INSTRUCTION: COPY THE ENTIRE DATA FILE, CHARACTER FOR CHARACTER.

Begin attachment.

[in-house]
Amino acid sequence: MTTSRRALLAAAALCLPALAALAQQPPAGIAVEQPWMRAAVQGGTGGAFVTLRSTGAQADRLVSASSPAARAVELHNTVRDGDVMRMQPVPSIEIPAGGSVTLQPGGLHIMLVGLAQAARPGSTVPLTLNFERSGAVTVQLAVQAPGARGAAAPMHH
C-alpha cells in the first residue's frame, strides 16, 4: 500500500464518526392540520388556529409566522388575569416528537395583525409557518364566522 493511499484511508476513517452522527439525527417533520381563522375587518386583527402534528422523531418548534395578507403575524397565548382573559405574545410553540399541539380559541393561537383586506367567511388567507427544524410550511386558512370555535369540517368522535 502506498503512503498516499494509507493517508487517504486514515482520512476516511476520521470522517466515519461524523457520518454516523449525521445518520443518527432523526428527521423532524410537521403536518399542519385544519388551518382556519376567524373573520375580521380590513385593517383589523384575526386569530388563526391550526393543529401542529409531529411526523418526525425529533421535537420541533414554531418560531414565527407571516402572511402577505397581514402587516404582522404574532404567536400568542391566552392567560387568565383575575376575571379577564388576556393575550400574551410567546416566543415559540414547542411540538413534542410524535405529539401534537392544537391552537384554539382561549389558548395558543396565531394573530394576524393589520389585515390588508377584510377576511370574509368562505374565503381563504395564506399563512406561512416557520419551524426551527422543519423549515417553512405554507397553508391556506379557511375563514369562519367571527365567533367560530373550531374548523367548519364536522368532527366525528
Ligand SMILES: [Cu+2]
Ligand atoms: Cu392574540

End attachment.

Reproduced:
[in-house]
Amino acid sequence: MTTSRRALLAAAALCLPALAALAQQPPAGIAVEQPWMRAAVQGGTGGAFVTLRSTGAQADRLVSASSPAARAVELHNTVRDGDVMRMQPVPSIEIPAGGSVTLQPGGLHIMLVGLAQAARPGSTVPLTLNFERSGAVTVQLAVQAPGARGAAAPMHH
C-alpha cells in the first residue's frame, strides 16, 4: 500500500464518526392540520388556529409566522388575569416528537395583525409557518364566522 493511499484511508476513517452522527439525527417533520381563522375587518386583527402534528422523531418548534395578507403575524397565548382573559405574545410553540399541539380559541393561537383586506367567511388567507427544524410550511386558512370555535369540517368522535 502506498503512503498516499494509507493517508487517504486514515482520512476516511476520521470522517466515519461524523457520518454516523449525521445518520443518527432523526428527521423532524410537521403536518399542519385544519388551518382556519376567524373573520375580521380590513385593517383589523384575526386569530388563526391550526393543529401542529409531529411526523418526525425529533421535537420541533414554531418560531414565527407571516402572511402577505397581514402587516404582522404574532404567536400568542391566552392567560387568565383575575376575571379577564388576556393575550400574551410567546416566543415559540414547542411540538413534542410524535405529539401534537392544537391552537384554539382561549389558548395558543396565531394573530394576524393589520389585515390588508377584510377576511370574509368562505374565503381563504395564506399563512406561512416557520419551524426551527422543519423549515417553512405554507397553508391556506379557511375563514369562519367571527365567533367560530373550531374548523367548519364536522368532527366525528
Ligand SMILES: [Cu+2]
Ligand atoms: Cu392574540